Today I’m delighted to welcome new-to-me author, Demelza Carlton, to my blog with a fascinating passion.


dc-welcometohellDemelza Carlton
has always loved the ocean, but on her first snorkelling trip she found she was afraid of fish.

She has since swum with sea lions, sharks and sea cucumbers and stood on spray-drenched cliffs over a seething sea as a seven-metre cyclonic swell surged in, shattering a shipwreck below.

Sensationalist spin? Hardly. She tends to carry a camera with her to capture the moment to share later.

Demelza now lives in Perth, Western Australia, the shark attack capital of the world.

The Ocean’s Gift series is her first foray into fiction, followed by her suspense thriller Nightmares trilogy. She swears the Mel Goes to Hell series ambushed her on a crowded train and wouldn’t leave her alone.

Welcome to my blog, Demelza. Thank you for being here today.

Do you have a passion other than writing? Please tell us about it.

Wildlife and landscape photography – particularly underwater photography. There’s just something about venturing under water with a camera and taking pictures of things that people on the surface rarely see. Of course, that doesn’t stop me from photographing things on top of the water, either – I will take every opportunity I can to go whale watching.

That sounds fascinating. How long have you been involved in your passion?

Since I was a kid in primary school, with a Hanimex film camera on Rottnest Island during the school holidays. I’d hope I’ve improved since then, as has my equipment – I use an Olympus PEN Mini, one of the smallest and lightest DSLRs on the market, for surface photography, and a GoPRO Black for under the water. There’s something about the fisheye view lens of an underwater camera like the GoPRO or even my old Olympus Tough.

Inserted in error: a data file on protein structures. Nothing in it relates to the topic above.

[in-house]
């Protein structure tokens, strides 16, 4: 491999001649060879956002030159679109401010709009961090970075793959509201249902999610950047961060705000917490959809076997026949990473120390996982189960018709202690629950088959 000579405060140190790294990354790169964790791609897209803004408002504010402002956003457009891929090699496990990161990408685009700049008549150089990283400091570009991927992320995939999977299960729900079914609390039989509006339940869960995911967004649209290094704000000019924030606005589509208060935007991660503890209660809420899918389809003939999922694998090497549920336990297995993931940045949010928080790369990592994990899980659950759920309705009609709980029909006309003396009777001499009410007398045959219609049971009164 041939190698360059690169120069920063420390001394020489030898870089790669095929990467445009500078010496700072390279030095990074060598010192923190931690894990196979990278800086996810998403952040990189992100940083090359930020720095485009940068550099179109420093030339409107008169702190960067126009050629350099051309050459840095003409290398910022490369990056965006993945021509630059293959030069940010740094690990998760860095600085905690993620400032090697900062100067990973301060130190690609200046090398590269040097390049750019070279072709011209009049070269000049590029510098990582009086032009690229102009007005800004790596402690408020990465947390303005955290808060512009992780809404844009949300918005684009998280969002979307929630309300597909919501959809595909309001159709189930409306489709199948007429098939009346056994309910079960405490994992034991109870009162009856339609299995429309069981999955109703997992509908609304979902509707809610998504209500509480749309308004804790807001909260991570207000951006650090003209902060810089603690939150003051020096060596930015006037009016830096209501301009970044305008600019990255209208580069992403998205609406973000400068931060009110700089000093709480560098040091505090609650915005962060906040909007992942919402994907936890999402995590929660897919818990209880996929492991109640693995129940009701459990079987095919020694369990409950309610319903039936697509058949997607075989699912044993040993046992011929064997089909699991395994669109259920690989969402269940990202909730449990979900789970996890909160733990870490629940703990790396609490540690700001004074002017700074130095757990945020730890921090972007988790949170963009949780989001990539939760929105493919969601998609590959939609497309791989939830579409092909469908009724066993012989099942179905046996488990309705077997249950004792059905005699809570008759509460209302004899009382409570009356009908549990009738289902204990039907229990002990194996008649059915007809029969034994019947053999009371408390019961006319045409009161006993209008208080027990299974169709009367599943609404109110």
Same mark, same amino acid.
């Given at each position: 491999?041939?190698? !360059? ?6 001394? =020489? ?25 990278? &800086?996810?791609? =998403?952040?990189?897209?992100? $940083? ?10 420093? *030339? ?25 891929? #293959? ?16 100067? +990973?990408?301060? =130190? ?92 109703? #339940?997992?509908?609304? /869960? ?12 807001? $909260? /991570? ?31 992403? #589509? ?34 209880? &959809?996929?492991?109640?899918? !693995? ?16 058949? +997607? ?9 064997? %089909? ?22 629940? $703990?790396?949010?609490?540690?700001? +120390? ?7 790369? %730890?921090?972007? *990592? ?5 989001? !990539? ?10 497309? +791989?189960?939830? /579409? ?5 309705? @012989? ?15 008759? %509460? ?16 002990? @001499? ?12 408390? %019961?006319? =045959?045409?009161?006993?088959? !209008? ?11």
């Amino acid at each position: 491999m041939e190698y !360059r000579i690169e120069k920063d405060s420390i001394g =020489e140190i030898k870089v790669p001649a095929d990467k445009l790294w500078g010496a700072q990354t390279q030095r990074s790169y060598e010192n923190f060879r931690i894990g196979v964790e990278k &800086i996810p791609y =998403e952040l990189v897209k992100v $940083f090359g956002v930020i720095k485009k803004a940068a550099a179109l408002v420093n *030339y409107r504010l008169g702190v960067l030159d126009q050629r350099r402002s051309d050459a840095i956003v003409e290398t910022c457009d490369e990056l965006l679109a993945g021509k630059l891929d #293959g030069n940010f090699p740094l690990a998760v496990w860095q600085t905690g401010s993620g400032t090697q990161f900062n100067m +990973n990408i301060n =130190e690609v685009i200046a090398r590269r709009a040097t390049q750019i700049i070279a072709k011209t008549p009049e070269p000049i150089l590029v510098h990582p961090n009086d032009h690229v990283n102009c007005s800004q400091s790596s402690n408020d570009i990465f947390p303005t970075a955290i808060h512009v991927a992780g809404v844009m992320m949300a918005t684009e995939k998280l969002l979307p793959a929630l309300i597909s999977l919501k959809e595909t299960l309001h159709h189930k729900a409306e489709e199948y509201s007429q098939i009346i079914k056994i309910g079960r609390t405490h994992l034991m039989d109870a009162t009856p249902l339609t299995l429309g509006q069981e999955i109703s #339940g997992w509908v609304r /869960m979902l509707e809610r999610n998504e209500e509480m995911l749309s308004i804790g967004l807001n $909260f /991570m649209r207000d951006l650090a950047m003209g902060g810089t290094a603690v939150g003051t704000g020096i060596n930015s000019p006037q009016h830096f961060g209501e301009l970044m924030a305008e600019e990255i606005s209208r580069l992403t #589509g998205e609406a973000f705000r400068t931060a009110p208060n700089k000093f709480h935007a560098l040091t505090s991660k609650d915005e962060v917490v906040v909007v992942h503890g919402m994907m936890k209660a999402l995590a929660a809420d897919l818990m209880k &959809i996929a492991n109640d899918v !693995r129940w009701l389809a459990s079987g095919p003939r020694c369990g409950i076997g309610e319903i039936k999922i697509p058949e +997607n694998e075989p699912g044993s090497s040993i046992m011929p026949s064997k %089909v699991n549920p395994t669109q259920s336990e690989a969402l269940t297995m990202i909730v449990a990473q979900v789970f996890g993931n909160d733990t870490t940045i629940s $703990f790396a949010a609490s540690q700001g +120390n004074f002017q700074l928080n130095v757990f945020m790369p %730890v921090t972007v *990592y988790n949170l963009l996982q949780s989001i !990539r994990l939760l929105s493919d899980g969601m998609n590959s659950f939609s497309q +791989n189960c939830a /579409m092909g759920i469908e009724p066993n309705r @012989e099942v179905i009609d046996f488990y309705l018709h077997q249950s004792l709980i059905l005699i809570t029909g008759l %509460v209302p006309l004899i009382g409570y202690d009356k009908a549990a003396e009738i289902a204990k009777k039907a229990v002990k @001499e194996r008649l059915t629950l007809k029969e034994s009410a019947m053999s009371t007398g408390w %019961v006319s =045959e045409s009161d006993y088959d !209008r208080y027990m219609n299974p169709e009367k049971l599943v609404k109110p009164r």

I bought my first waterproof camera for a ski trip in 2010 and discovered that the hardest thing in the world to photograph is in fact a three-year-old learning to ski. I managed, though, and there started my love affair with photographing fast-moving creatures that I couldn’t control, much less predict. I even slogged down an entire ski trail on foot in Japan in 2012, following my daughter and her ski instructor. By comparison, sharks and sea lions are far easier to photograph. As are humpback whales breaching.

I took the Tough on research trips up to Christmas Island, the Houtman Abrolhos Islands and the Cocos (Keeling) Islands, all in the Indian Ocean. While I didn’t manage to get into the water at Christmas Island because of Cyclone Iggy and the Tycoon shipwreck, both Cocos and the Abrolhos was another story – two, in fact, given they were separate trips. This natural aquarium was taken at The Gap off Direction Island, in the Cocos (Keeling) Islands, with just my Tough.

dc - underwaterphotography

Wow, you’ve certainly had some adventures – especially photographing 3 year olds. They’re slippery beasts 🙂

What is it about it that brings a sparkle to your eye / motivates you?

Most of the time it’s a case of, “No one will believe this unless I take a picture,” or, more frequently for my work and research trips, “My daughter wants a present from this trip and she’s asked for a cool photograph.” How can you turn that down? Every evening I worked away from home, I’d sit down, download the day’s shots, and compose an email story for my daughter about my day. One was about the cheeky crabs of Christmas Island – I swear I must have photographed around a hundred of the things over the course of my hiking around the island that day, from tiny little nippers through to coconut crabs that were bigger than the tyres on my four-wheel-drive. I was terrified of those.